Preventative overseeding: an essential disease prevention tactic

Alistair
By Alistair September 11, 2020 07:53 Updated

With the loss of key fungicides removing the safety net of using curative chemicals to control turf diseases, greenkeepers must implement a series of management strategies to provide effective control against threats such as microdochium patch.

That’s the advice from Richard Brown, Amenity Sales Manager for Germinal GB, who recommends that the future of effective disease management is reliant on frequent overseeding with resistant bentgrasses.

Microdochium patch affects many cool season turf grass species including annual meadow grass and perennial ryegrass, and especially Poa annua, and is one of the primary causes of disease scarring on golf greens. The pathogen over-summers in thatch or soil before infecting grass leaves in the autumn when cool and damp conditions prevail.

Overseeding several times a year with disease resistance cultivars such as AberRegal will help to keep greens clear of microdochium patch

“The loss of several fungicides has made the challenge of controlling microdochium patch significantly harder to achieve,” Richard Brown explains. “Despite this, the use of a few cultural and biological control measures can help greenkeepers to achieve appropriate levels of preventative disease control.”

Elementary management techniques such as daily dew removal and the prevention of excessive thatch are key practices, Brown explains: “Microdochium patch thrives in damp, protected conditions so it’s essential to keep on top of the basics in terms of regular aeration and daily switching.”

Brown continues by explaining that the battle against the disease will be won or lost depending upon a greenkeeper’s ability to increase the population of desirable grass species and to reduce the amount of disease prone Poa annua. “It therefore makes sense to overseed using disease resistant bentgrasses to create fire breaks between patches of susceptible Poa annua. A blend of varieties – such as those in Germinal’s AberMajesty and ForeFront Greens blends – is preferable to a single cultivar as this increases the sward’s genetic diversity and gives the over-seeded area a better chance of beating the disease.”

In terms of overseeding frequency, Brown advocates a policy of introducing new seed as often as possible: “In all but the most favourable years, overseeding once a year won’t be enough to out-compete Poa, so a number of applications will be required.”

Instead of relying on a single overseeding window, Mr Brown therefore advises greenkeepers to introduce new seed a minimum of two times per year, but where possible to overseed three or four times. “This might seem excessive, but it needn’t put pressure on the groundcare budget as the additional overseeding spend will be offset by reduced fungicide costs.”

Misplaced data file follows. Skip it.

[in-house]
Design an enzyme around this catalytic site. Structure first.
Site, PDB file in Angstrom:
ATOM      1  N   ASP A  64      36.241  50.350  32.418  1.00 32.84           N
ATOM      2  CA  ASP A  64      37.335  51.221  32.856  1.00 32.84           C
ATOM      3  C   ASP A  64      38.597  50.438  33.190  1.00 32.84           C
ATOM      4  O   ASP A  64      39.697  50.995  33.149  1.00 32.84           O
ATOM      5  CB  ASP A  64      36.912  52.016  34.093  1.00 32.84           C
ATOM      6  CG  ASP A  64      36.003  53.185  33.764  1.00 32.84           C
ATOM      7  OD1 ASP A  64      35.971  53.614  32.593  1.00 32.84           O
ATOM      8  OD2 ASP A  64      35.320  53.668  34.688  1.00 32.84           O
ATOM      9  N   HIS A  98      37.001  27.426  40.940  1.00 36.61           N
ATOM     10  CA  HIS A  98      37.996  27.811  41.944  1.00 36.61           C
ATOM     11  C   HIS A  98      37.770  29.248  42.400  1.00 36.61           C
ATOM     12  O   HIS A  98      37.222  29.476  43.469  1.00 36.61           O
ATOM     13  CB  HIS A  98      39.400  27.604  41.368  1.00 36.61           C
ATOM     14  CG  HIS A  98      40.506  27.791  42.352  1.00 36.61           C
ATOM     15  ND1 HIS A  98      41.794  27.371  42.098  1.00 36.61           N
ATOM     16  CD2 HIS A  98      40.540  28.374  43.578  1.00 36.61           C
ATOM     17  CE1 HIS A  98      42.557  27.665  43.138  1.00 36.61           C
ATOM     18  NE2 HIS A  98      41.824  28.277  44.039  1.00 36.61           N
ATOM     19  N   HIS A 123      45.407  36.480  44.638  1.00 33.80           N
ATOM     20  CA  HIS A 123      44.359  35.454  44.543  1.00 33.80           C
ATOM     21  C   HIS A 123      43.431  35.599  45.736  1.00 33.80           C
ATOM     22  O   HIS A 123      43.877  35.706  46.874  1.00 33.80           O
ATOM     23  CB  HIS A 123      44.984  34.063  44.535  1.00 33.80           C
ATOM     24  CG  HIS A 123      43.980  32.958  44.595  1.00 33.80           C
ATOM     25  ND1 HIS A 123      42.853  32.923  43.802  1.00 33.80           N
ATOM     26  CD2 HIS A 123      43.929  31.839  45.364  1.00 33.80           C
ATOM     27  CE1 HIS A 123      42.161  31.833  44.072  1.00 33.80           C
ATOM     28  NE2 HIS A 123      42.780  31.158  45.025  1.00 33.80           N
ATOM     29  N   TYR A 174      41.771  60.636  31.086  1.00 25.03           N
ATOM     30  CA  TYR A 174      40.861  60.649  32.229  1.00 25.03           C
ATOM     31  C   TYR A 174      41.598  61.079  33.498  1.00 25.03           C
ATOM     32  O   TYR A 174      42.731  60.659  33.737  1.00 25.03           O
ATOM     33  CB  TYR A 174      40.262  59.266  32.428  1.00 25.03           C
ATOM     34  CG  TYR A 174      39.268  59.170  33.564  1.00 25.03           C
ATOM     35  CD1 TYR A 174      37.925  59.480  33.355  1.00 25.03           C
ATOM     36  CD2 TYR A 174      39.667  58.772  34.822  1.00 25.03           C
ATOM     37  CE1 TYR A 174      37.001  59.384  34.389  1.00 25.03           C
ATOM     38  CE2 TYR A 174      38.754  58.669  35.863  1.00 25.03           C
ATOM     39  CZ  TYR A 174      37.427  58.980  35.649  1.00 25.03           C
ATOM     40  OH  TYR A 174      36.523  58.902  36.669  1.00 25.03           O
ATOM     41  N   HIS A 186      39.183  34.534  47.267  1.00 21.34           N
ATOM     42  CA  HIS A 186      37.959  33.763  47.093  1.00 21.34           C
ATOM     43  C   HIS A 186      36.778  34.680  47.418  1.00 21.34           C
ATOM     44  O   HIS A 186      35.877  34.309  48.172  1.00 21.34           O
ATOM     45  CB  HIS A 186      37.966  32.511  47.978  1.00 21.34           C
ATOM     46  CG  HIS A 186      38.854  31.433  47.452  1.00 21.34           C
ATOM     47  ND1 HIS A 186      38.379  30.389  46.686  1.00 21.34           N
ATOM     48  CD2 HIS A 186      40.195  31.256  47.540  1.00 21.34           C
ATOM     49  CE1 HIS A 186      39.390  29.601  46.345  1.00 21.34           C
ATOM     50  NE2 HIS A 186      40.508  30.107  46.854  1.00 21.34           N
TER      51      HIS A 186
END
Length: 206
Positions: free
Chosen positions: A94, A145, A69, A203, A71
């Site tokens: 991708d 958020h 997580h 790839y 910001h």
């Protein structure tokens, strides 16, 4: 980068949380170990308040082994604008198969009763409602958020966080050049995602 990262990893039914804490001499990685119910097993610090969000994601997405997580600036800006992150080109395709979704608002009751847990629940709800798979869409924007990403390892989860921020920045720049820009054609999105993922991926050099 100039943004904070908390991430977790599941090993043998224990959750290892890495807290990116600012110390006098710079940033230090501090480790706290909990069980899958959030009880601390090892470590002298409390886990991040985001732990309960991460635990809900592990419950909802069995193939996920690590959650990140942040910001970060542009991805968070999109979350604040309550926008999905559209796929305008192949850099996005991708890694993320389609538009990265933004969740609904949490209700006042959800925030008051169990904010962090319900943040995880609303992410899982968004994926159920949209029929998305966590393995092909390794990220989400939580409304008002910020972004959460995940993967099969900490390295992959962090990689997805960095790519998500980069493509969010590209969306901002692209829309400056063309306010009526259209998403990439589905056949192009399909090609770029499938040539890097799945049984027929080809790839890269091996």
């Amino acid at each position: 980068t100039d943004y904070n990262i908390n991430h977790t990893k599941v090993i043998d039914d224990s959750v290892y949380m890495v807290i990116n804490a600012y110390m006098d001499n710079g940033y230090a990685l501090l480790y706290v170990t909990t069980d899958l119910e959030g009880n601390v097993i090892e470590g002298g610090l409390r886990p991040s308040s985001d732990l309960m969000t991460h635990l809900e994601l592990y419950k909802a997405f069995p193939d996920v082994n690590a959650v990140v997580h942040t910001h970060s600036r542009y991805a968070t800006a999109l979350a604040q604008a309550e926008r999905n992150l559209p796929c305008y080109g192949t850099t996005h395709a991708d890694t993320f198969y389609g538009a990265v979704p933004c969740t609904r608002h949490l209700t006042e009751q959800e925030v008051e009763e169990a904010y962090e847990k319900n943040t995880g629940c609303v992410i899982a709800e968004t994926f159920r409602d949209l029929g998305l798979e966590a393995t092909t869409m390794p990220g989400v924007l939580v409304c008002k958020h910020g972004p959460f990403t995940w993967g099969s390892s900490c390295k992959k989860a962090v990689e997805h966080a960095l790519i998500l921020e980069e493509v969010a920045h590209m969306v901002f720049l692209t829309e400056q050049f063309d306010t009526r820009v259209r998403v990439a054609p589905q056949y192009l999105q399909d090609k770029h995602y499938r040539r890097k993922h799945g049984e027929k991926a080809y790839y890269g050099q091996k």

Whilst the method with which new seed is introduced is relatively inconsequential, Brown warns that the timing of overseeding should be given careful consideration: “Whilst overseeding during the traditional late summer window ensures good germination, it has drawbacks when it comes to tackling microdochium patch as this timing can produce high levels of seedling mortality due to low cut heights. In addition, the soft cell walls of the seedlings that do survive makes these young plants more susceptible to attack from fungal spores just at the time when the threat of infection is at its highest.

Elementary turf management techniques such as daily switching to remove dew are essential to keeping microdochium under control and should be carried out in parallel with preventative overseeding

“In contrast, older plants are better able to resist the disease thanks to higher levels of cell wall lignin. Overseeding in the spring therefore gives greens a better chance of withstanding the disease as the sward will be populated by older, more resilient plants when disease pressure rises in the autumn.

“Similarly, cold-seeding (overseeding in late autumn or early spring to enable seeds to germinate as soon as temperatures rise) is also worthy of consideration as this allows seedlings to establish even earlier, enabling the sward to get even further ahead of the disease.”

Modern bentgrasses such AberRegal, AberRoyal and 007 DSB are also favourable as their ability to tolerate a low input regime enables the sward to be managed in a manner which is less favourable for the disease’s survival. “As well as their inbuilt genetic resistance, these cultivars are also resilient against microdochium patch thanks to their ability to thrive in drier, less nutrient-rich conditions,” Brown adds. “Varieties such as Musket, which gets away quicker in the spring and is therefore able to repair early season disease scarring, should also be considered as a means of transforming the genetic make-up of greens and reducing reliance on the use of curative chemicals.”

For more information, visit germinalamenity.com

Alistair
By Alistair September 11, 2020 07:53 Updated

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